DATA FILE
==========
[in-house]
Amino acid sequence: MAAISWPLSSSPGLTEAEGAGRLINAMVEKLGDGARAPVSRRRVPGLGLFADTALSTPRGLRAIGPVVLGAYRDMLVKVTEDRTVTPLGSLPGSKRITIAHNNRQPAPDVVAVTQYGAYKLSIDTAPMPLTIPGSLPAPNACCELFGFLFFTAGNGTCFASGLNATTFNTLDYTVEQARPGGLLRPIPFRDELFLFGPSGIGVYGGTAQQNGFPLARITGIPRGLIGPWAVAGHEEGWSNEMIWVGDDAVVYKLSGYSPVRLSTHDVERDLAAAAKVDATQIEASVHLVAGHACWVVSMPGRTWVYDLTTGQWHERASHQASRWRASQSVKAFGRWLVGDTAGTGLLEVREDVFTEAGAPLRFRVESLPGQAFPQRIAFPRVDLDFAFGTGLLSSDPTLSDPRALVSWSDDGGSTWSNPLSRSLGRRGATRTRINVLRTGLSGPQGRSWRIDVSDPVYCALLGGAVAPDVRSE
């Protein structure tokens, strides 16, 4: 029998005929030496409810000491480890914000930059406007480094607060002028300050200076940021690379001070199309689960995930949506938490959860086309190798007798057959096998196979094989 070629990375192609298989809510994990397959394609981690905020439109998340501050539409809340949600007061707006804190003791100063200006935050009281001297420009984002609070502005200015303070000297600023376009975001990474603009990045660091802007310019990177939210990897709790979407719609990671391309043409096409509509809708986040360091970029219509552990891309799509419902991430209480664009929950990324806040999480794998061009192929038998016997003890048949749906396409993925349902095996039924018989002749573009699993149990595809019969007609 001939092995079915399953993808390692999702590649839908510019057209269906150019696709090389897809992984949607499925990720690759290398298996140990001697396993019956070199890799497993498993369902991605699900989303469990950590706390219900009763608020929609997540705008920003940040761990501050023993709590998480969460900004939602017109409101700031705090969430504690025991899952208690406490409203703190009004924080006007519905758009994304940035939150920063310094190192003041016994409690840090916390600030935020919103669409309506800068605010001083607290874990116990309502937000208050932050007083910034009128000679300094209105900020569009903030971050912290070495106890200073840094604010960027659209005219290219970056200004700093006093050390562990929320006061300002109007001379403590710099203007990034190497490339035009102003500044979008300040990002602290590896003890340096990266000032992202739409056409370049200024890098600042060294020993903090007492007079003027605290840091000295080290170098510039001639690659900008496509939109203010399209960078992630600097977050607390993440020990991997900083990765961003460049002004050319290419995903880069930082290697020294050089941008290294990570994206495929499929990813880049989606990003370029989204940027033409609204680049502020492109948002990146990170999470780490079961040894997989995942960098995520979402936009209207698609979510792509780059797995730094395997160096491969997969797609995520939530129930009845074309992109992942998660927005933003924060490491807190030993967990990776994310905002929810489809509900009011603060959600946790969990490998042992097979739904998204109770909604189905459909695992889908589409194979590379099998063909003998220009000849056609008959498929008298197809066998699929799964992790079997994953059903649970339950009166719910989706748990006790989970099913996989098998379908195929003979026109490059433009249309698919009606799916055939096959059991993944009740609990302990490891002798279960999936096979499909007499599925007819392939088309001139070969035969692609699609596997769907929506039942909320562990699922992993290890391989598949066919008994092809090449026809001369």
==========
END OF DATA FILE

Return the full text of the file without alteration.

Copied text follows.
[in-house]
Amino acid sequence: MAAISWPLSSSPGLTEAEGAGRLINAMVEKLGDGARAPVSRRRVPGLGLFADTALSTPRGLRAIGPVVLGAYRDMLVKVTEDRTVTPLGSLPGSKRITIAHNNRQPAPDVVAVTQYGAYKLSIDTAPMPLTIPGSLPAPNACCELFGFLFFTAGNGTCFASGLNATTFNTLDYTVEQARPGGLLRPIPFRDELFLFGPSGIGVYGGTAQQNGFPLARITGIPRGLIGPWAVAGHEEGWSNEMIWVGDDAVVYKLSGYSPVRLSTHDVERDLAAAAKVDATQIEASVHLVAGHACWVVSMPGRTWVYDLTTGQWHERASHQASRWRASQSVKAFGRWLVGDTAGTGLLEVREDVFTEAGAPLRFRVESLPGQAFPQRIAFPRVDLDFAFGTGLLSSDPTLSDPRALVSWSDDGGSTWSNPLSRSLGRRGATRTRINVLRTGLSGPQGRSWRIDVSDPVYCALLGGAVAPDVRSE
């Protein structure tokens, strides 16, 4: 029998005929030496409810000491480890914000930059406007480094607060002028300050200076940021690379001070199309689960995930949506938490959860086309190798007798057959096998196979094989 070629990375192609298989809510994990397959394609981690905020439109998340501050539409809340949600007061707006804190003791100063200006935050009281001297420009984002609070502005200015303070000297600023376009975001990474603009990045660091802007310019990177939210990897709790979407719609990671391309043409096409509509809708986040360091970029219509552990891309799509419902991430209480664009929950990324806040999480794998061009192929038998016997003890048949749906396409993925349902095996039924018989002749573009699993149990595809019969007609 001939092995079915399953993808390692999702590649839908510019057209269906150019696709090389897809992984949607499925990720690759290398298996140990001697396993019956070199890799497993498993369902991605699900989303469990950590706390219900009763608020929609997540705008920003940040761990501050023993709590998480969460900004939602017109409101700031705090969430504690025991899952208690406490409203703190009004924080006007519905758009994304940035939150920063310094190192003041016994409690840090916390600030935020919103669409309506800068605010001083607290874990116990309502937000208050932050007083910034009128000679300094209105900020569009903030971050912290070495106890200073840094604010960027659209005219290219970056200004700093006093050390562990929320006061300002109007001379403590710099203007990034190497490339035009102003500044979008300040990002602290590896003890340096990266000032992202739409056409370049200024890098600042060294020993903090007492007079003027605290840091000295080290170098510039001639690659900008496509939109203010399209960078992630600097977050607390993440020990991997900083990765961003460049002004050319290419995903880069930082290697020294050089941008290294990570994206495929499929990813880049989606990003370029989204940027033409609204680049502020492109948002990146990170999470780490079961040894997989995942960098995520979402936009209207698609979510792509780059797995730094395997160096491969997969797609995520939530129930009845074309992109992942998660927005933003924060490491807190030993967990990776994310905002929810489809509900009011603060959600946790969990490998042992097979739904998204109770909604189905459909695992889908589409194979590379099998063909003998220009000849056609008959498929008298197809066998699929799964992790079997994953059903649970339950009166719910989706748990006790989970099913996989098998379908195929003979026109490059433009249309698919009606799916055939096959059991993944009740609990302990490891002798279960999936096979499909007499599925007819392939088309001139070969035969692609699609596997769907929506039942909320562990699922992993290890391989598949066919008994092809090449026809001369």